In the outfield, moving Andre Ethier for prospects and freeing up money would make sense because a promotion of Yasiel Puig and/or Joc Pederson would inject the youth and enthusiasm this team desperately needs.
And they will only continue to improve. Curtis Granderson is back, Mark Teixeira is on his way and Derek Jeter continues to progress through his ankle injury. But most important, the rest of the Yankees have learned they can win without their big stars.
Closer Mariano Rivera just picked up where he left off as if he was never injured, while David Robertson looks right at home in the eighth inning. The pair remain the best late-inning tandem in the AL East.
The Yankees’ rotation of CC Sabathia, Hiroki Kuroda, Andy Pettitte and Phil Hughes also has proved to be close to the best quartet in the division (despite Pettitte’s recent trip to the DL). With the rotation and bullpen intact, the Yankees’ nucleus is good enough to keep them in the race to the very end.
Edward Mujica came to the Cardinals’ rescue after closer Jason Motte went down with elbow problems, Mitchell Boggs failed miserably and Trevor Rosenthal struggled. By default he became St. Louis’ closer and he has seized that opportunity.
In essence, he has been the perfect reliever; he’s 13-for-13 in save opportunities with a 2.25 ERA. He is a ground ball machine, but he also has struck out 19 in 20 innings, walking only one batter all season. This has led to a 0.65 WHIP -- an important trait for successful closers. No, he’s not overpowering at 91-93 mph, but his command and control in the bottom of the zone is legit.
However, by season’s end I think you’ll see Rosenthal as the closer, taking advantage of his 100 mph fastball and wipeout breaking ball. Simply, he can throw his fastball by the best hitters in the game. Mujica setting up Rosenthal is a more typical arrangement based on stuff and repertoire.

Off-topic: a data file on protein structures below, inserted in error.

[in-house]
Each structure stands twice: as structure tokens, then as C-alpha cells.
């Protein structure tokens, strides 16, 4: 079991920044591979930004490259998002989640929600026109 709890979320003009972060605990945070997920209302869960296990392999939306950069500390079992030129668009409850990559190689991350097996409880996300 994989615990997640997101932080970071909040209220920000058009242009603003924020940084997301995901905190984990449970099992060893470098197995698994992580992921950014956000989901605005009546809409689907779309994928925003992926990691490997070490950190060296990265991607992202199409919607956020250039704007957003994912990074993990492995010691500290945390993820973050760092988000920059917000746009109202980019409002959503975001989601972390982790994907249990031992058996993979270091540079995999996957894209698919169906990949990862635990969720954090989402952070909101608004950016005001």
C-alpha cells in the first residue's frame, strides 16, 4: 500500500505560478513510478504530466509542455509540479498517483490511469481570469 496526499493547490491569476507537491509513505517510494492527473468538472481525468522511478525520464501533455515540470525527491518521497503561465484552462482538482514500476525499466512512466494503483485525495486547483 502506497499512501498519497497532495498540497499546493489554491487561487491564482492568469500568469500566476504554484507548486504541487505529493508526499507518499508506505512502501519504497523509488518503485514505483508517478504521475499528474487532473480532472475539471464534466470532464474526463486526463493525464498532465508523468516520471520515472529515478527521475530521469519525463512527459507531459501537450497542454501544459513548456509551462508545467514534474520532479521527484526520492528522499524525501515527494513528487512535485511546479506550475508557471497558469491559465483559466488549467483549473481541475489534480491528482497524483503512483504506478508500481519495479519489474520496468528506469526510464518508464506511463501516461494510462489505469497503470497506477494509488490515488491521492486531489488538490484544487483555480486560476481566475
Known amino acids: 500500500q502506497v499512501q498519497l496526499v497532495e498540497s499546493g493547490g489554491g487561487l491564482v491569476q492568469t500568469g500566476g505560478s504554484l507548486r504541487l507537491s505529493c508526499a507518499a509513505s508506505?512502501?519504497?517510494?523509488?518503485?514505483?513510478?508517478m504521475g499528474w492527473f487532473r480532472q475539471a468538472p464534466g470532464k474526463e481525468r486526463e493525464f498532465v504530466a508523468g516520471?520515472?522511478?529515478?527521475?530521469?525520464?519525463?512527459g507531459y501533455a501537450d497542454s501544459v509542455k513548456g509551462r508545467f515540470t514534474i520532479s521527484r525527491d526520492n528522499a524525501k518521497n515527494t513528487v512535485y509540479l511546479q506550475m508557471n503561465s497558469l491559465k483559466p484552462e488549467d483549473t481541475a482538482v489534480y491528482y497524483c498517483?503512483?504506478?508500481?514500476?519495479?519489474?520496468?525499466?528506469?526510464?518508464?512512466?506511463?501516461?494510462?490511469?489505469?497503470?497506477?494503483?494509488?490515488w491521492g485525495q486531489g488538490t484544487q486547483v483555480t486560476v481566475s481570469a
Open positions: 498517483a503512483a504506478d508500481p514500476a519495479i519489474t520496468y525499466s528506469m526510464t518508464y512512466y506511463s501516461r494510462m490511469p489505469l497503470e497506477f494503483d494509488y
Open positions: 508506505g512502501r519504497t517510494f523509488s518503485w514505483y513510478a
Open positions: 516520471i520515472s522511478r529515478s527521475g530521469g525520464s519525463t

It might take until late August before this switch happens, but Rosenthal’s velocity and approach scream closer. I think Mujica actually can be better used for multiple innings in the seventh and eighth, where his ability to induce grounders for game-saving double plays will be crucial.
Goldschmidt and Davis sounds like a law firm. But make no mistake, these two first basemen have become bona fide power brokers. Among current first basemen, they have the most power in the game. Davis has 15 home runs, while Goldschmidt has 12. I think both will end up leading their respective leagues in home runs at the first base position.
Watch Davis at bat; he has simple mechanics and new plate discipline. His head is so still. He has reduced his preliminary action to a minimum, lets the ball travel deep and drops the barrel of the bat and kills it. He has power to all fields. He will take an outside pitch over the wall in left but will turn on an inside pitch and launch it to right.
In spring training, ESPN analyst Aaron Boone compared Goldschmidt to Jeff Bagwell. I agreed with Boone’s power assessment, but I questioned Goldschmidt’s ability to hit for average.
“Boonie” was right. Goldschmidt is a legitimate hitter, not just a power hitter, and he understands the pitches he can handle and has the ability to spit the ball out of the zone. He’s a high on-base, high-slugging power hitter, and the Diamondbacks’ multiyear deal with him will prove to be one of the best long-term contracts of 2013.